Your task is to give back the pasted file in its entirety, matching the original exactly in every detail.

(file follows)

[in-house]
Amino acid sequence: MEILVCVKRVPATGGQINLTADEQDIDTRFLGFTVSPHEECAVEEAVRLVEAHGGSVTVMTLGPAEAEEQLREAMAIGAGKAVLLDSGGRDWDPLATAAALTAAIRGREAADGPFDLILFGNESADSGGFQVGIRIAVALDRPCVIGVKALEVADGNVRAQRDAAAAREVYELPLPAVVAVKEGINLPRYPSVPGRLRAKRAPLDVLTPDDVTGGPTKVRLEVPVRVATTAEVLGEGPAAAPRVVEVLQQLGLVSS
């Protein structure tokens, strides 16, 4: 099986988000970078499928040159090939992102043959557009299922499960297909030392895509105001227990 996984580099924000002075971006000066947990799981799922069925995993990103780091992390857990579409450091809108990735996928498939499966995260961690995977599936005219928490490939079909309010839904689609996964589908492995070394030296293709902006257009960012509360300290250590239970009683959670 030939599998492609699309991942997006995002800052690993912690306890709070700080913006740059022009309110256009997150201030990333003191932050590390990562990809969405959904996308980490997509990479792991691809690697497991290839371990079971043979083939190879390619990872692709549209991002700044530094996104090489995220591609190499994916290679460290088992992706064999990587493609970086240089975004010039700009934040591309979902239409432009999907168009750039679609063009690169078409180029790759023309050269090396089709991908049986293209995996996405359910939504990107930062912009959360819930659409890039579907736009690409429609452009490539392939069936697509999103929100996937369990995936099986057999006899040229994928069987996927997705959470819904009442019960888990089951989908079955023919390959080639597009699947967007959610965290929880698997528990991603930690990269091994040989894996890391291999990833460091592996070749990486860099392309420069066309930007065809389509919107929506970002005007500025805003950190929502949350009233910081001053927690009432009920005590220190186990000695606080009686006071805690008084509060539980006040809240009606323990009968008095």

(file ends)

[in-house]
Amino acid sequence: MEILVCVKRVPATGGQINLTADEQDIDTRFLGFTVSPHEECAVEEAVRLVEAHGGSVTVMTLGPAEAEEQLREAMAIGAGKAVLLDSGGRDWDPLATAAALTAAIRGREAADGPFDLILFGNESADSGGFQVGIRIAVALDRPCVIGVKALEVADGNVRAQRDAAAAREVYELPLPAVVAVKEGINLPRYPSVPGRLRAKRAPLDVLTPDDVTGGPTKVRLEVPVRVATTAEVLGEGPAAAPRVVEVLQQLGLVSS
């Protein structure tokens, strides 16, 4: 099986988000970078499928040159090939992102043959557009299922499960297909030392895509105001227990 996984580099924000002075971006000066947990799981799922069925995993990103780091992390857990579409450091809108990735996928498939499966995260961690995977599936005219928490490939079909309010839904689609996964589908492995070394030296293709902006257009960012509360300290250590239970009683959670 030939599998492609699309991942997006995002800052690993912690306890709070700080913006740059022009309110256009997150201030990333003191932050590390990562990809969405959904996308980490997509990479792991691809690697497991290839371990079971043979083939190879390619990872692709549209991002700044530094996104090489995220591609190499994916290679460290088992992706064999990587493609970086240089975004010039700009934040591309979902239409432009999907168009750039679609063009690169078409180029790759023309050269090396089709991908049986293209995996996405359910939504990107930062912009959360819930659409890039579907736009690409429609452009490539392939069936697509999103929100996937369990995936099986057999006899040229994928069987996927997705959470819904009442019960888990089951989908079955023919390959080639597009699947967007959610965290929880698997528990991603930690990269091994040989894996890391291999990833460091592996070749990486860099392309420069066309930007065809389509919107929506970002005007500025805003950190929502949350009233910081001053927690009432009920005590220190186990000695606080009686006071805690008084509060539980006040809240009606323990009968008095």